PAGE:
The aim of the study published in the June 14th Journal of Ethnopharmacology noted, “Since the leaves of olive have been recommended in the literature as a remedy for the treatment of diabetes and they also contain antioxidant agents, we decided to investigate the possible effects of olive leaf extract (OLE) on in vitro and in vivo models of diabetic pain neuropathy.
“ The high glucose-induced cell damage in naive and NGF-treated Pheochromocytoma (PC12) cells and streptozotocin-induced diabetic rats were used. Tail-flick test was used to access nociceptive threshold. [Nociceptors are nerves that transmit pain from damage or irritation.] Cell viability was determined by MTT assay. Biochemical markers of neural apoptosis [nerve cell death] were evaluated using immunoblotting.
“Results: We found that:
• Elevation of glucose (four times of normal) sequentially increases functional cell damage and caspase-3 activation in NGF-treated PC12 cells.
• Incubation of cells with olive leaf extract (200, 400 and 600 micrograms/ml) decreased cell damage.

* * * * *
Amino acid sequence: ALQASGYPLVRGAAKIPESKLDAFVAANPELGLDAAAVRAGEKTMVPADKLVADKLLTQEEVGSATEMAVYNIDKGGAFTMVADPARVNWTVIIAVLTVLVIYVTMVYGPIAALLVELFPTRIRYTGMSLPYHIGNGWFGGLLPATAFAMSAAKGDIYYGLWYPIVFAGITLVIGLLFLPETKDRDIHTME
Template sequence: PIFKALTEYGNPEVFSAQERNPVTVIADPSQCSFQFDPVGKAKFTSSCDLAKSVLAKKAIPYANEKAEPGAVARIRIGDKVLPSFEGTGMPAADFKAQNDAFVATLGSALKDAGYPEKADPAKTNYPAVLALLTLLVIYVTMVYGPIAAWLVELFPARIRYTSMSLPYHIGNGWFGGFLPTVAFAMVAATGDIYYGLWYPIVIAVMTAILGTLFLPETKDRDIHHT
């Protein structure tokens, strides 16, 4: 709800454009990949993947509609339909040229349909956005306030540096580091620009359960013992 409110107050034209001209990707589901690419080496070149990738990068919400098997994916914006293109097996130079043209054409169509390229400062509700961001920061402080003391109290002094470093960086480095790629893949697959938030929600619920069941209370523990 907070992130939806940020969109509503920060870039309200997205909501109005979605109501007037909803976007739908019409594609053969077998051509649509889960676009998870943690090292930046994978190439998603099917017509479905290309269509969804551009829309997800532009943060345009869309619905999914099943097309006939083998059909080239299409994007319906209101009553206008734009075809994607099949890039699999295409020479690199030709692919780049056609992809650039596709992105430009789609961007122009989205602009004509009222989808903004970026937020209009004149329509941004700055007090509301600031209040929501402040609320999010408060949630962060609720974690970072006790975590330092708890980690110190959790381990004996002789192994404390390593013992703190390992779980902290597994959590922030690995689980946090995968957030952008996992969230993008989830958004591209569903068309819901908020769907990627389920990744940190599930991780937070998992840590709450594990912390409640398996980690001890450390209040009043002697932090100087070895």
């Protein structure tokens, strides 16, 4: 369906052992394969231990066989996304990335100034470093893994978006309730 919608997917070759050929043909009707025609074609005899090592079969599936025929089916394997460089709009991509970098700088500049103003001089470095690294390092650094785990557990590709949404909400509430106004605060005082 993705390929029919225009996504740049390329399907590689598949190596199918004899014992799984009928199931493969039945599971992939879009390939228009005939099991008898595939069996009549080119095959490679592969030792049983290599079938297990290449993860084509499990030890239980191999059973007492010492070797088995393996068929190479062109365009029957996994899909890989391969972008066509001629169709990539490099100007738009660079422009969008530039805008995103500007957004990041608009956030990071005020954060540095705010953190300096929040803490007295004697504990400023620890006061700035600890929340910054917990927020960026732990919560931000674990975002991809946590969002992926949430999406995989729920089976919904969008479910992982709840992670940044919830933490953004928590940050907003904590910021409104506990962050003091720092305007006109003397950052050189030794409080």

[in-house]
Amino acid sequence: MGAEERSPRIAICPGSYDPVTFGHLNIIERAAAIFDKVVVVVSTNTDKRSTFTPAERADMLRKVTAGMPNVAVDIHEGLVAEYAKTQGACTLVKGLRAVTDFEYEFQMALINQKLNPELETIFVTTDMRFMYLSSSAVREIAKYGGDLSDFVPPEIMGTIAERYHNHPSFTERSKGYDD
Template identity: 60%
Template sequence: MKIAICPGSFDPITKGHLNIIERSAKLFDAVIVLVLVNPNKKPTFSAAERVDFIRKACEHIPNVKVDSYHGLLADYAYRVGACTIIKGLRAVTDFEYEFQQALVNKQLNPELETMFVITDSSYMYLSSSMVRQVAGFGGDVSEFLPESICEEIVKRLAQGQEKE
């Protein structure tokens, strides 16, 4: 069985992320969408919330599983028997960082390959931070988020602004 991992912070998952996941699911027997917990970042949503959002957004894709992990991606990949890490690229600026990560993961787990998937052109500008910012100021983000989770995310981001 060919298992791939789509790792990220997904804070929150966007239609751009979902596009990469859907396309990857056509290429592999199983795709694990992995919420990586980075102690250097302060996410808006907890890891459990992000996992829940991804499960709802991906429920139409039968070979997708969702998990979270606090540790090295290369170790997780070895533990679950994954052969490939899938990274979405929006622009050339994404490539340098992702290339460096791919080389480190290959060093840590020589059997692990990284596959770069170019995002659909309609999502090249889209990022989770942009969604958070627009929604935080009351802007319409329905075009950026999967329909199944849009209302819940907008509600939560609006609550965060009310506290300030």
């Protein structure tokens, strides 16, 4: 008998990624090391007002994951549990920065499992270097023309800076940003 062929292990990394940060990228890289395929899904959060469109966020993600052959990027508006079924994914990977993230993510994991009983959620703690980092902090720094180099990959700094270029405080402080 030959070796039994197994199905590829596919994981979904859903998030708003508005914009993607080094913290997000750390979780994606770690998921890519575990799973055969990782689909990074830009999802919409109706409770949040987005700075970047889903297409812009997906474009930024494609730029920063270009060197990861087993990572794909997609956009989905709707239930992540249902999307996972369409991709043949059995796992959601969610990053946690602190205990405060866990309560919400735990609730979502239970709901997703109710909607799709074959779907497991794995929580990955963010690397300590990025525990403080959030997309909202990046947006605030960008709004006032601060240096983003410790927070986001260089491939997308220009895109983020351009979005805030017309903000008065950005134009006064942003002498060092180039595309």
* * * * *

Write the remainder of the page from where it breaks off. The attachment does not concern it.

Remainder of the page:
• Furthermore, the diabetic rats developed neuropathic pain which was evident from decreased tail-flick latency (thermal hyperalgesia).
• Activated caspase 3 and Bax/Bcl2 ratio were significantly increased in spinal cord of diabetic animals.
• Olive leaf extract treatment (300 and 500 mg/kg per day) ameliorated hyperalgesia, inhibited caspase 3 activation and decreased Bax/Bcl2 ratio.
• Furthermore, olive leaf extract exhibited potent DPPH free radical scavenging capacity.
“The results suggest that olive leaf extract inhibits high glucose-induced neural damage and suppresses diabetes-induced thermal hyperalgesia. The mechanisms of these effects may be due, at least in part, to reduced neuronal apoptosis and suggest therapeutic potential of olive leaf extract in attenuation of diabetic neuropathic pain.”
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